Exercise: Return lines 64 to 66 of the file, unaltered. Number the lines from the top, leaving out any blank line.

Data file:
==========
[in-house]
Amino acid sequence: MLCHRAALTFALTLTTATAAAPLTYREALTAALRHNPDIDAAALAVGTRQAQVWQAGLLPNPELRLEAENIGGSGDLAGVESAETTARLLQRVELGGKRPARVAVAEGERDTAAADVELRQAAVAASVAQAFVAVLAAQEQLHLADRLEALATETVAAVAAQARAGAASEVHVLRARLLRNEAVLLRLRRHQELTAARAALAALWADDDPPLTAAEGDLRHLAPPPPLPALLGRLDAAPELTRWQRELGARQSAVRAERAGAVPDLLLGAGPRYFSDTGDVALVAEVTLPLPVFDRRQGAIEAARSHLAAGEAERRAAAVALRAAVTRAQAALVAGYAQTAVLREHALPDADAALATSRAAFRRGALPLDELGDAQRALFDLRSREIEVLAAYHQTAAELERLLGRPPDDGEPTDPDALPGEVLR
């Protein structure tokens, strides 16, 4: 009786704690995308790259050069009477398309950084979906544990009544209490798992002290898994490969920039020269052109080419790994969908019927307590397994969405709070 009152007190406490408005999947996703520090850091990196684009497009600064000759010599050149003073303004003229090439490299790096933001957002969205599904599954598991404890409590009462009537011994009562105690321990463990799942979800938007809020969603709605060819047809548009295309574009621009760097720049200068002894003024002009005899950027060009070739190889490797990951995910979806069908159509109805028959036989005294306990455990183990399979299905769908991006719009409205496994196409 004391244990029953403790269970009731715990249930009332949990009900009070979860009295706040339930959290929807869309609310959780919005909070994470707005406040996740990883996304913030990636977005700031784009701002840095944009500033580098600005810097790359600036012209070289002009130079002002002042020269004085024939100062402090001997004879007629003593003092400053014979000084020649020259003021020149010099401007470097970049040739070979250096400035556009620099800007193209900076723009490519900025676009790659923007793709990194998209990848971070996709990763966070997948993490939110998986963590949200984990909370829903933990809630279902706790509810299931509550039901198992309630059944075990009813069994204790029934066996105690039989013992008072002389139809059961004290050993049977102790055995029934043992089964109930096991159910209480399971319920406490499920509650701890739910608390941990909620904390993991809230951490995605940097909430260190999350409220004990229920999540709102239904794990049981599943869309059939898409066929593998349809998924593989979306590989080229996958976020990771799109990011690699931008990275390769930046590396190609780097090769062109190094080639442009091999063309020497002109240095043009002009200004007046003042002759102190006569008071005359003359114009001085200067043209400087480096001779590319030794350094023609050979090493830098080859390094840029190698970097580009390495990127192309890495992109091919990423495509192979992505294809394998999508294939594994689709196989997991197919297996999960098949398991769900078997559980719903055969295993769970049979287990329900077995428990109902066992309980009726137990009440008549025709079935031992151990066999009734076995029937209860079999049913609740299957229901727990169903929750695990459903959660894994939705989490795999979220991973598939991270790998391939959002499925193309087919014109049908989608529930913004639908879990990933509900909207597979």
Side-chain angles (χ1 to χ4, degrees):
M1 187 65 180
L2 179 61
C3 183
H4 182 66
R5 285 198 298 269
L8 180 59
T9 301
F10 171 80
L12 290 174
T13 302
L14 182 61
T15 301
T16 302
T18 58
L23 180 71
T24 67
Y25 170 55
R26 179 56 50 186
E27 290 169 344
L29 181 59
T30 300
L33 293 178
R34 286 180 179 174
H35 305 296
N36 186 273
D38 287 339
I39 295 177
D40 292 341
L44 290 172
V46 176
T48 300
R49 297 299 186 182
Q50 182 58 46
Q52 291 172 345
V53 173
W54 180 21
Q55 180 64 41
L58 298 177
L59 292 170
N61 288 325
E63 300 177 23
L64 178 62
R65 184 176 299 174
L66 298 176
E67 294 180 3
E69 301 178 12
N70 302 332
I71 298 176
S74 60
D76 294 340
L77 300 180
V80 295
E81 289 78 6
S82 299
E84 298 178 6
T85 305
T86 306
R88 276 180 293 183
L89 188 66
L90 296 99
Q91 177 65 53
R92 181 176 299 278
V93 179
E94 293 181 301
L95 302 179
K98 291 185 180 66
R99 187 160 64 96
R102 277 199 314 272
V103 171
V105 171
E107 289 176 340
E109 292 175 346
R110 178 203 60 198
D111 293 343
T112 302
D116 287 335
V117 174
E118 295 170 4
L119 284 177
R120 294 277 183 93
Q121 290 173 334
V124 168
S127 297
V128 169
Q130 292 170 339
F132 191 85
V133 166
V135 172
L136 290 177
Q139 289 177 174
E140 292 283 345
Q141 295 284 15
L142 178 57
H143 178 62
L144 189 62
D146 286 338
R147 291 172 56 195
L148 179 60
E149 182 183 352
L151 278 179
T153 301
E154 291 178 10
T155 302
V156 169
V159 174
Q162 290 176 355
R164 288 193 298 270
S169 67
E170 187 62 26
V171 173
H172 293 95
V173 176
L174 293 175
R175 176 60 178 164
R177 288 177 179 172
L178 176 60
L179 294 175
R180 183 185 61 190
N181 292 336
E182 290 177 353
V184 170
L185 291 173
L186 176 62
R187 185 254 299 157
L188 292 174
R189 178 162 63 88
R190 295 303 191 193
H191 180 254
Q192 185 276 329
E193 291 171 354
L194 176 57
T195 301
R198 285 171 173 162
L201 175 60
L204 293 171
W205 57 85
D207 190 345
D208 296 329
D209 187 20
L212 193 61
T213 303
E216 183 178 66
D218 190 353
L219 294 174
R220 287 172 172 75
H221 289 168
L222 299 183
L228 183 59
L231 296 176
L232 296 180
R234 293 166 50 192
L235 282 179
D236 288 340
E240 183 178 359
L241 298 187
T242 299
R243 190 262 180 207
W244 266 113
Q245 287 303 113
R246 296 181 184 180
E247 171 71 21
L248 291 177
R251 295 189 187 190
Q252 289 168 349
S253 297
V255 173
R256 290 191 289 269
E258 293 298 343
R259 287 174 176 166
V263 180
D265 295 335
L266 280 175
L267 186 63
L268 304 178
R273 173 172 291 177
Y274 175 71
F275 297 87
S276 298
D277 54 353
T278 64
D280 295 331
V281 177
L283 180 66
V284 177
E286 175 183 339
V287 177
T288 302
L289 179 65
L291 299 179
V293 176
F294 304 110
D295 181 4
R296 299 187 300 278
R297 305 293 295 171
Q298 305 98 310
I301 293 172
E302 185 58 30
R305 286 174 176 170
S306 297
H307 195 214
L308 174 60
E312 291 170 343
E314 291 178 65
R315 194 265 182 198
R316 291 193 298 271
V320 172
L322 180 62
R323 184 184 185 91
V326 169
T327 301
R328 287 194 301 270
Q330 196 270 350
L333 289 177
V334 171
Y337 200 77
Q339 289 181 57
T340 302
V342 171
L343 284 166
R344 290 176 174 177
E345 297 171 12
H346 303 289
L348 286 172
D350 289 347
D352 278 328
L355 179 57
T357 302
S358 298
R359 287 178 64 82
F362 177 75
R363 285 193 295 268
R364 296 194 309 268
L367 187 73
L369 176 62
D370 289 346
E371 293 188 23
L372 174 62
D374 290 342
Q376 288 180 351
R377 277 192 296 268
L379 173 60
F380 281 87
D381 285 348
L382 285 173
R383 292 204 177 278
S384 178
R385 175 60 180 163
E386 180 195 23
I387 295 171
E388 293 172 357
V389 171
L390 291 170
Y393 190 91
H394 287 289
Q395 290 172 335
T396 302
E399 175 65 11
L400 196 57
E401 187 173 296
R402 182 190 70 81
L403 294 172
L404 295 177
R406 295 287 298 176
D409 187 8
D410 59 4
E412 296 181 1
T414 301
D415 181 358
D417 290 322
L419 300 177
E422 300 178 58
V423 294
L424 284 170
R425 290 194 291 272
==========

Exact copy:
L90 296 99
Q91 177 65 53
R92 181 176 299 278